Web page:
- Looters are selling stolen antiquities from Syria on Facebook, a BBC investigation has found.
- Working in cooperation with Syrian archaeologists, the BBC monitored private Facebook groups where antiquities including Roman mosaics were put up for sale.
- Facebook said it removed 49 Facebook groups following the investigation, although one of the archaeologists said at least some of the groups are still active.
- Facebook said “coordinating illegal activity is not allowed” on the platform.
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A BBC investigation has found that looters have been using private Facebook groups to sell stolen antiquities from Syria, including Roman mosaics.
Working together with Syrian archaeologists Prof. Amr al-Azm and Abu Musa (not his real name), both of whom fled the country, the BBC monitored the trafficking of stolen antiquities through the social network.
“What we’ve seen is an explosion of sites and users on Facebook. It’s transnational and Facebook is essentially allowing this to happen on its watch,” al-Azm told the BBC. Items for sale included Roman mosaics, a sculpture from the UNESCO world heritage site Palmyra, and ancient Islamic manuscripts.
Much of the activity happened in private Facebook groups, where members also exchanged tips on how to excavate tombs and made “loot-to-order” requests. While arrangements were made on Facebook, the BBC said payments happen offline.
Syria’s director of antiquities told the BBC that roughly 70% of antiquities smuggled out of Syria are fake, but some of the artefacts leaving the country are of immense value.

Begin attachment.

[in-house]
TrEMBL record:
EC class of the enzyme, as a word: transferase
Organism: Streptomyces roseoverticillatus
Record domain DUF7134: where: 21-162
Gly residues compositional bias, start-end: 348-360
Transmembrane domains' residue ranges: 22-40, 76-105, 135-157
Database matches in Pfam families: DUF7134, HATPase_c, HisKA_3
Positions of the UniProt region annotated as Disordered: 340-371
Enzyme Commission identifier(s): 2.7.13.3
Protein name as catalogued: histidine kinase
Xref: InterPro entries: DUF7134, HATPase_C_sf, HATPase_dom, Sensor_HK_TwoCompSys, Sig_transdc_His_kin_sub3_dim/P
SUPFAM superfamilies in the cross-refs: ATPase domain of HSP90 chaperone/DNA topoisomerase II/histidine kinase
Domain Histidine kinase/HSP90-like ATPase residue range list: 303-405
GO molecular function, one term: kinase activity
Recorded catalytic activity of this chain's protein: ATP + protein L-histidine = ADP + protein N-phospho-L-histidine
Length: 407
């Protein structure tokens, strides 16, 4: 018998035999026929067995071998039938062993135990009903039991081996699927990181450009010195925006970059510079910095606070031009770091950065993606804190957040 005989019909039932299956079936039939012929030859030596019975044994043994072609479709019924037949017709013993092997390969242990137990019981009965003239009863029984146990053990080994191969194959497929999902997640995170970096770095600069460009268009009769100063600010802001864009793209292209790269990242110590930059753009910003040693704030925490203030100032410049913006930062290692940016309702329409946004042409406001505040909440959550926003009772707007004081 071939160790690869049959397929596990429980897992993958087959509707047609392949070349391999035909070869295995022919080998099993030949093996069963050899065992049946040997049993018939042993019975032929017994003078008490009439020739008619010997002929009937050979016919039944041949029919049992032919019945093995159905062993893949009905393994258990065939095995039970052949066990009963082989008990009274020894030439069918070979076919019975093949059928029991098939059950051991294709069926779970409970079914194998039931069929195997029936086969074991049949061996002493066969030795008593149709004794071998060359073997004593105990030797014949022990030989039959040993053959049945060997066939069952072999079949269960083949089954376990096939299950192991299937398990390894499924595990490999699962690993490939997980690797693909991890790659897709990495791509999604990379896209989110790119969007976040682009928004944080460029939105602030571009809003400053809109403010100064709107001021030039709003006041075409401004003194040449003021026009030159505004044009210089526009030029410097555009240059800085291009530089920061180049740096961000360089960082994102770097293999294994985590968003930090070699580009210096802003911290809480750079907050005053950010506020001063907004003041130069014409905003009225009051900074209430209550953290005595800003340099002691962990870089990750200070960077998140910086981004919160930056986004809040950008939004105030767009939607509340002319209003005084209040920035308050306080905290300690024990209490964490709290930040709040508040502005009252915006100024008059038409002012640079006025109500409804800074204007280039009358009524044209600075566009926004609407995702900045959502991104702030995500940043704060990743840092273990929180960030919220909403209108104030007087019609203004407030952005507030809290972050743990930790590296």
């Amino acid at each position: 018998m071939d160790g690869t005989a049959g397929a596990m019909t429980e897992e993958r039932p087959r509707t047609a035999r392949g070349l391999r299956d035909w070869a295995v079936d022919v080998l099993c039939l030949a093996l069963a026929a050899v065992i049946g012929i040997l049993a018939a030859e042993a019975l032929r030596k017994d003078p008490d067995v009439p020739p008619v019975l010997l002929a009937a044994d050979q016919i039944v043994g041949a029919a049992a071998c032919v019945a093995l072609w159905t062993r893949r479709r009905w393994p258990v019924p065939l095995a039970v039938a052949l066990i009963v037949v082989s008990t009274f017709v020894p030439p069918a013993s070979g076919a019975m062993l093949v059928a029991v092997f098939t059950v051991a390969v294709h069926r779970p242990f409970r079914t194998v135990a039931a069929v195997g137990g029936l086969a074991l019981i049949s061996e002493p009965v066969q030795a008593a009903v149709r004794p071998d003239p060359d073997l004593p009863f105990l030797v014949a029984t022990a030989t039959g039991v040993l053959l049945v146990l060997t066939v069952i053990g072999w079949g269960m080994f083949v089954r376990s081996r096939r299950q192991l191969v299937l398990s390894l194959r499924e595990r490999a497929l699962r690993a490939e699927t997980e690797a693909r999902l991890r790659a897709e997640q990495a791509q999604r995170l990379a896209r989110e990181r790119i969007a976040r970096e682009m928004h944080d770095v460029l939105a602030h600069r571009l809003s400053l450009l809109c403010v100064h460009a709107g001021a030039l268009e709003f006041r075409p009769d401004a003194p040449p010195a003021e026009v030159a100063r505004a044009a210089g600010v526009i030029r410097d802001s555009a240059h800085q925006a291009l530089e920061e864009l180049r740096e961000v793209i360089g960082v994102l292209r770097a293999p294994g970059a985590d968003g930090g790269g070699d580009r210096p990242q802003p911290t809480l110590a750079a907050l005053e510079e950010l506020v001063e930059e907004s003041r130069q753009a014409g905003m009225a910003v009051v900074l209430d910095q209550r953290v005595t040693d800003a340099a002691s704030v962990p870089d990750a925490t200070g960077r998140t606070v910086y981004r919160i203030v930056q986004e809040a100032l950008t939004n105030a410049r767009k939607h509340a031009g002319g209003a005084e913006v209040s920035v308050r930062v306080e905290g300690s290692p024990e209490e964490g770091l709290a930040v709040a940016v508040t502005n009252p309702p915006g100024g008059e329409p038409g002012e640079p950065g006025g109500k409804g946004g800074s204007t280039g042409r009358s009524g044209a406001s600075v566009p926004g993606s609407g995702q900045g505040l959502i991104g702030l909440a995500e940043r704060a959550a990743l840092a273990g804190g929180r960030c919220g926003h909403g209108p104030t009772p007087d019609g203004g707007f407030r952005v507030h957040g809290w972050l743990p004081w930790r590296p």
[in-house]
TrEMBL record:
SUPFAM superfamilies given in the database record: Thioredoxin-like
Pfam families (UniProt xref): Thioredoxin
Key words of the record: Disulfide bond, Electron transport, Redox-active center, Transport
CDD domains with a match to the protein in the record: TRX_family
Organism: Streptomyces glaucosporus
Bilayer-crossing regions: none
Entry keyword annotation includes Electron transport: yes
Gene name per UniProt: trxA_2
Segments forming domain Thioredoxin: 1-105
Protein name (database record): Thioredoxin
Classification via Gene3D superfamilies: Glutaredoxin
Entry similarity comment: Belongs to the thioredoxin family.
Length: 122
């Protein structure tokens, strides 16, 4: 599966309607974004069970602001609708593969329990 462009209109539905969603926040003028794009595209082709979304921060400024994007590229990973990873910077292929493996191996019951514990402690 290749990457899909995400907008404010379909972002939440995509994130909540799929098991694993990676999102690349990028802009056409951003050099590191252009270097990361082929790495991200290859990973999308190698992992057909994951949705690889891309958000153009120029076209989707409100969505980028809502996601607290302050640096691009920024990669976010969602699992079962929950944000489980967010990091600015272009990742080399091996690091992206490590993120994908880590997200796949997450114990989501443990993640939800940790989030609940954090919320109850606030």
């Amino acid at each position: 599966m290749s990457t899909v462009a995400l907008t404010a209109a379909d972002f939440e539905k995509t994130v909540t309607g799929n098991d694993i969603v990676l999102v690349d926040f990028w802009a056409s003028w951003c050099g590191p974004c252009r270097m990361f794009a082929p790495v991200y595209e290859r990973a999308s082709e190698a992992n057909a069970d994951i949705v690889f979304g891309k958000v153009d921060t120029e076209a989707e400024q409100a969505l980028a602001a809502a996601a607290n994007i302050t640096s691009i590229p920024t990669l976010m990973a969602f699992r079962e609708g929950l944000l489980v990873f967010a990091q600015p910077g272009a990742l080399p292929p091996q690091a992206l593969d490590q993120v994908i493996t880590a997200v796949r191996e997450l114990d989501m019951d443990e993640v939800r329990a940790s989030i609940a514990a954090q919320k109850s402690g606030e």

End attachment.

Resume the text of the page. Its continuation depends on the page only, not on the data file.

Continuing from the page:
Following the BBC’s investigation, Facebook said it removed 49 groups, although al-Azm said he continued to see activity on the groups he was monitoring.
A Facebook spokeswoman told Business Insider: “Coordinating illegal activity is not allowed on Facebook, and following the BBC’s investigation we have removed 49 groups where there was evidence of this taking place.
“We are continuing to invest in people and technology to keep this activity off Facebook and encourage others to report anything they suspect of violating our Community Standards so we can quickly take action.”
Syria’s historical sites have been severely damaged by the civil war. Palmyra was the stage for struggles between ISIS and government forces from 2015 to 2017, and UNESCO’s former director general Irina Bokova said destruction and looting in the country was on an “industrial scale.”